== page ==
The second change is China’s technological and economic prowess, which enables the country to bring other countries under its control without using military muscle.

The United States, realizing that China’s cyber takeover of its intelligence network can pose an immediate threat to its national security, has excluded China’s Huawei Technologies Co. from its 5G infrastructure, while pressing its allies to follow suit.

In 2010, China suspended shipments to Japan of rare earths to protest Japan’s detention of a Chinese fishing boat captain in waters around the Senkaku Islands in Okinawa Prefecture. At around that time, China began attempting to control other countries by economic methods.

When South Korea allowed the United States to deploy a Terminal High Altitude Area Defense (THAAD) missile defense system on its soil, Beijing caused Seoul to see a huge decrease in Chinese tourist arrivals. When a Nobel Peace Prize was awarded to Chinese human rights activist Liu Xiaobo, China restricted salmon imports from Norway. More recently, when Australia called for a probe into the origins of the novel coronavirus, China reacted by imposing crushing import tariffs on Australian wines and other products.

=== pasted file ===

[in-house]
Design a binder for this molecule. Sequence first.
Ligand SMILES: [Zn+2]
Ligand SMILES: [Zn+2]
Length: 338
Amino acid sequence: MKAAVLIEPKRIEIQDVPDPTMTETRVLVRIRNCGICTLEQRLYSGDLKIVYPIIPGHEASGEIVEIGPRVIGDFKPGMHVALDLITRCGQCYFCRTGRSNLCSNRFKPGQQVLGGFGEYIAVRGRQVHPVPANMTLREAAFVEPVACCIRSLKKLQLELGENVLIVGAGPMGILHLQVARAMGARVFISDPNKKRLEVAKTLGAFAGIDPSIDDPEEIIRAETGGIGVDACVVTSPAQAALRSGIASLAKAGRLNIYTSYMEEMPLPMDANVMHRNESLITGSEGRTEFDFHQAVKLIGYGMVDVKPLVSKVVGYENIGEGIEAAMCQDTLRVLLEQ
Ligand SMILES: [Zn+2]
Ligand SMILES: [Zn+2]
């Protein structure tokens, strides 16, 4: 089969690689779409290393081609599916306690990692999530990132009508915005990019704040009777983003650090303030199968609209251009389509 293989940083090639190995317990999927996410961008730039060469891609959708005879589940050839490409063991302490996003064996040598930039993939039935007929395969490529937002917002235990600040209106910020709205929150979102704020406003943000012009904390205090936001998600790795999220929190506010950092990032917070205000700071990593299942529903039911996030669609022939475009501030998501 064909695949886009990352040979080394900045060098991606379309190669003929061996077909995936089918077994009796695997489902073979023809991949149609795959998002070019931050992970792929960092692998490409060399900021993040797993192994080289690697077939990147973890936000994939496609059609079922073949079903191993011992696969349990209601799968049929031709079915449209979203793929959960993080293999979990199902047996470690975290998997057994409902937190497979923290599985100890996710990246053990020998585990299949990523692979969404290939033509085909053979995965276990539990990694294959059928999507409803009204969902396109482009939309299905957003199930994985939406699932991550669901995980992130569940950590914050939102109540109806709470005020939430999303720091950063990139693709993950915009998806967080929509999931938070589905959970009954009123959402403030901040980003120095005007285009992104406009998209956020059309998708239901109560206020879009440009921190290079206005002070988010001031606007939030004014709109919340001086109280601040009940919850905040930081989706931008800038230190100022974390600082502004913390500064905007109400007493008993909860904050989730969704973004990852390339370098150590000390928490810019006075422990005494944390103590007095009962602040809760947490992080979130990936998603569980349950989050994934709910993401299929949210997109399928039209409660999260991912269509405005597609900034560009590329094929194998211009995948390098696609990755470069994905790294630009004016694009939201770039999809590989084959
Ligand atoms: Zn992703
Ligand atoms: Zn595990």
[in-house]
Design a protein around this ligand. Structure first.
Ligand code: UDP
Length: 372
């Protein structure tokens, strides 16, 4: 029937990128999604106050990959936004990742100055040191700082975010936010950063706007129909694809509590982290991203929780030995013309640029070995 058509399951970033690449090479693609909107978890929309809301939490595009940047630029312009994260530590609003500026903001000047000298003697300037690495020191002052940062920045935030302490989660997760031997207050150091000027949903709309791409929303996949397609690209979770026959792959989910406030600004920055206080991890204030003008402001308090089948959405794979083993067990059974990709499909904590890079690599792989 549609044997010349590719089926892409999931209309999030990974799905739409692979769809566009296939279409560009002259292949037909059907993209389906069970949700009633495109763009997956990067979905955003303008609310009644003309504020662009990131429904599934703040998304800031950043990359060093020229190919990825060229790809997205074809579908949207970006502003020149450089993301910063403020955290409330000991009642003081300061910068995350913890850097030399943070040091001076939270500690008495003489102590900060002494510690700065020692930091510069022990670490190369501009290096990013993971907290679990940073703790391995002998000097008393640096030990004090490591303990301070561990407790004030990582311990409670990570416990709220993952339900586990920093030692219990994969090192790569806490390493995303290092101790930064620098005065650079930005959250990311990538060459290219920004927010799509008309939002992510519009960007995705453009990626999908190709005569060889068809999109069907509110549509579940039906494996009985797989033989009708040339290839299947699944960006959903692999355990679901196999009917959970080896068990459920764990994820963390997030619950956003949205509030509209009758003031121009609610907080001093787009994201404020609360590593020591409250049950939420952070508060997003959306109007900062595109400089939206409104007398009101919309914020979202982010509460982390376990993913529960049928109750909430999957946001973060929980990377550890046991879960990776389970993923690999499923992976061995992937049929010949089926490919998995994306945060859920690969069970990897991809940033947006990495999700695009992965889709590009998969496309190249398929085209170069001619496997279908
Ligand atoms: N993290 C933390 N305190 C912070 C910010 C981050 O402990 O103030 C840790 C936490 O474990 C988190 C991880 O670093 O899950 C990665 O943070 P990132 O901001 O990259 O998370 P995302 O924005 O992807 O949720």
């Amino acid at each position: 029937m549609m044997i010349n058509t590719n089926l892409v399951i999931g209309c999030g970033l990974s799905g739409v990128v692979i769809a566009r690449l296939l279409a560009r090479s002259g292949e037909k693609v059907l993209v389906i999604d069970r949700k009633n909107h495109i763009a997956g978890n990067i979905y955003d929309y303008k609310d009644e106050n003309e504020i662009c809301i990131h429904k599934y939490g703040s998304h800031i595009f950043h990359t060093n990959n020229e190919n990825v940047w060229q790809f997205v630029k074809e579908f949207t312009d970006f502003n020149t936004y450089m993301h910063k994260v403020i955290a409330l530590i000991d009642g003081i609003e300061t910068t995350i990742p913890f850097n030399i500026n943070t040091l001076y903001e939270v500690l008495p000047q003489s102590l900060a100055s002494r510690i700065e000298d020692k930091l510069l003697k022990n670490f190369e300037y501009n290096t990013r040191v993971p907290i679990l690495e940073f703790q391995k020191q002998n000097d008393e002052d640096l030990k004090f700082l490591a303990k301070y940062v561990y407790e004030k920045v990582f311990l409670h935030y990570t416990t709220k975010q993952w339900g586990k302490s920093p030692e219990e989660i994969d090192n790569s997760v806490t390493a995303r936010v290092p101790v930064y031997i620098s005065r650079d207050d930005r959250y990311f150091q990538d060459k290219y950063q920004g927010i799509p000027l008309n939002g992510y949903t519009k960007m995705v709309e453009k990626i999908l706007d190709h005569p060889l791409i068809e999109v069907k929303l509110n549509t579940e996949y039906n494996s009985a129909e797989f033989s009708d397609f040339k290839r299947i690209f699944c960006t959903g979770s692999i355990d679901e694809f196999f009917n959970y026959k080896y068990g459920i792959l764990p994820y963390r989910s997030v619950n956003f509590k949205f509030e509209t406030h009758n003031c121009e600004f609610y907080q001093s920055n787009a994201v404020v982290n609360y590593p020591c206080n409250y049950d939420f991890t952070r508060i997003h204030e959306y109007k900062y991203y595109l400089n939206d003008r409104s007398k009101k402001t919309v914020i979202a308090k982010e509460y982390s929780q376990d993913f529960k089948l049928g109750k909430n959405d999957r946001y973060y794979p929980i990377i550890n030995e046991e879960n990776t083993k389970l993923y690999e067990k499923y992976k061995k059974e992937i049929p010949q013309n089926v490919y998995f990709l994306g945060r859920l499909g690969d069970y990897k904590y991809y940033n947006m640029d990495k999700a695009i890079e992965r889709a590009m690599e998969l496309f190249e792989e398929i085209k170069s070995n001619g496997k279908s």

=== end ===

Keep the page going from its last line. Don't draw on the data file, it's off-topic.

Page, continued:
These developments are sometimes referred to as examples of “weaponizing economic interdependence” and discussed as matters of economic security. The NSS does not grapple squarely with this issue. Therefore, in addition to the conventional definition of economic security as the security of the economy, we have to define economic security as security of the nation from threats by economic and technological means. In a nutshell, this point leads to the questions of how the country should prevent the transfer of dangerous technology on the one hand and how to reduce the vulnerability of Japan’s supply chains on the other.